Chita Rivera grew as much as be a Broadway queen, however you’ll be able to’t pass over that she was a ballet child. Her coaching started after a botched soar at her household residence in Washington, D.C. Rivera — nonetheless Dolores Conchita Figueroa del Rivero on the time — landed on the espresso desk. It shattered.
Her vitality wanted to be greater than merely contained; it wanted to discover a launch. It was her mom’s concept that the discharge would possibly come within the type of dance, particularly ballet. She took Rivera to the Jones-Haywood College of Ballet, the place she was launched to Doris Jones, the esteemed instructor who grew to become like a second mom. Jones, she wrote in her memoir, modified her life. “Are you prepared to work arduous, Dolores?” Rivera recounted Jones asking her at that assembly. “More durable than you’ve ever labored earlier than?”
She was. And he or she did. Rivera, who died on Tuesday at 91, at all times thought of herself extra a dancer than a musical-theater star. (She even known as her 2005 musical revue “Chita Rivera: The Dancer’s Life.”) “The pure inclination of dancers is to maintain to themselves,” she wrote. “It’s the work that issues.”
And a dancer is rarely happy. Broadway could also be the place Rivera flourished, however her foundational residence was ballet. She and one other Jones-Haywood pupil, Louis Johnson — who went on to have a spectacular profession as a choreographer and dancer — had been taken to New York for an audition on the College of American Ballet. They each received scholarships.
The College of American Ballet, shaped by George Balanchine and Lincoln Kirstein in 1934, is the coaching floor of New York Metropolis Ballet. Rivera didn’t comprehend it on the time, however the man auditioning her was Balanchine himself. “One thing in regards to the teacher made me wish to please him,” she wrote.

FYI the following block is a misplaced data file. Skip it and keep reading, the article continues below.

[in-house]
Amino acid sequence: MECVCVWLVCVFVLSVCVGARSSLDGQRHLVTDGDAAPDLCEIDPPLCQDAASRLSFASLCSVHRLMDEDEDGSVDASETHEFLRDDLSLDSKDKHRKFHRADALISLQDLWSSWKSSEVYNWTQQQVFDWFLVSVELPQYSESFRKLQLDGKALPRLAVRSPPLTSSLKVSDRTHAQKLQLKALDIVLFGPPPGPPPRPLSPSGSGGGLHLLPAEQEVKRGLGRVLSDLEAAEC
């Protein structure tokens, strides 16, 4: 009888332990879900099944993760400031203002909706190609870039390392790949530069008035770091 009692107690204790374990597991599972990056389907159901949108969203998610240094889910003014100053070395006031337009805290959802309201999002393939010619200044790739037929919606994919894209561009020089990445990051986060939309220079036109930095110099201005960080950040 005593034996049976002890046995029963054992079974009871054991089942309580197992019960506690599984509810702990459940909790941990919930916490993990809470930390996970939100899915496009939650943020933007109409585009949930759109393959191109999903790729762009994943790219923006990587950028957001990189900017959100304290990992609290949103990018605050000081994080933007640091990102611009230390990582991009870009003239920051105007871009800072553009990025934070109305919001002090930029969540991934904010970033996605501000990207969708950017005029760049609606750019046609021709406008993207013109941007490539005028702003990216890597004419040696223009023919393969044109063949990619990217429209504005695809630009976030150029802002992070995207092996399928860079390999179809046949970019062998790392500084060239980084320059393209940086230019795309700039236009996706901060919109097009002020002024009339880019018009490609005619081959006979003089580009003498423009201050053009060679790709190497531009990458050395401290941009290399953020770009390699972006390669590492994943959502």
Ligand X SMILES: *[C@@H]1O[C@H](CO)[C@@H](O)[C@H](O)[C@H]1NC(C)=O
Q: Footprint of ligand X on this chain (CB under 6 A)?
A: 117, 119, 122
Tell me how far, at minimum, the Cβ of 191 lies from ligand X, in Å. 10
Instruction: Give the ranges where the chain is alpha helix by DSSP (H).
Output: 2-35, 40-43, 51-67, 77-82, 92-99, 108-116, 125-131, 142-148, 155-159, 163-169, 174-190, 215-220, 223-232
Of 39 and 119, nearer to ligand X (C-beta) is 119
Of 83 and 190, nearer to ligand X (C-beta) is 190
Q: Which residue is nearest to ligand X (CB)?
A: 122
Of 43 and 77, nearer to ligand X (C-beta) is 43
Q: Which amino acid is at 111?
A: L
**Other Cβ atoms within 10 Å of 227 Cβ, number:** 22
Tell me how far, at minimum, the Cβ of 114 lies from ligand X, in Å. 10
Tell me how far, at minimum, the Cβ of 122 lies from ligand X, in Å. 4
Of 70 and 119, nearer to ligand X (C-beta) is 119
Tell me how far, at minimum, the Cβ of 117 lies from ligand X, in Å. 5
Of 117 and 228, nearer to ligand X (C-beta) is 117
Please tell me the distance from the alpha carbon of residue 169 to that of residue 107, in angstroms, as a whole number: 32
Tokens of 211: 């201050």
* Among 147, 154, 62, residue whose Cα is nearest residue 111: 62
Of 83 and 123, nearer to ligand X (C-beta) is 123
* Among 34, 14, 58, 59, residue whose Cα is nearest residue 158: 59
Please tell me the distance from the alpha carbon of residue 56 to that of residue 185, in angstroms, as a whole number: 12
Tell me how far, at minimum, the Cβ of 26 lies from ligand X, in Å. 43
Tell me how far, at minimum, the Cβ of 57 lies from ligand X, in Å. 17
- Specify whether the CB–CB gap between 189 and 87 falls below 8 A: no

At first becoming a member of Metropolis Ballet was her dream, however that modified when she grew to become conscious of Janet Collins, then the one Black instructor at College of American Ballet. Her lessons had been a mixture of trendy dance, ballet and the strategy of the choreographer and anthropologist Katherine Dunham. Rivera additionally began going to the Palladium Ballroom, the Midtown dance corridor, for its Latin Nights. Quickly she was, as she writes, “out on the dance ground fusing my ballet coaching with the salsa, mambo and rumba steps I used to be studying.”
College students on the college didn’t aspire to Broadway: “We turned up our noses,” she wrote. However when phrase unfold that Collins was making her Broadway debut in a present staged by Agnes de Mille, Rivera’s thoughts began to shift.
Whereas she was drawn in one other course, her ballet coaching by no means left her physique. It made her one of the vital refined dancers in musical theater: A 1962 appearance on “The Ed Sullivan Show” demonstrates not simply the expressive agility of her flickering legs (and her flickering is extraordinary), but additionally a full-bodied dedication to transferring via a step relatively than pausing ready.
There’s nothing static about Rivera as a dancer, however she doesn’t blur any edges both. Her finesse comes within the gracious approach she exhibits each angle of her physique, the eye to épaulement — the carriage of the arms and shoulders — all of the whereas speaking up area. Dancing huge and with intention. Air doesn’t escape her; she chases it down. You may hear Balanchine’s well-known dictum in her physique: “What are you saving it for?”
It wasn’t simply ballet coaching that set Rivera aside. Loads of dancers have that. It was the place she was educated. Rivera danced as if she knew that now was all there may be — one other Balanchine saying — a approach of being that remained along with her for her complete profession. Her physique could have left the ballet world, however ballet by no means left her physique. She saved nothing.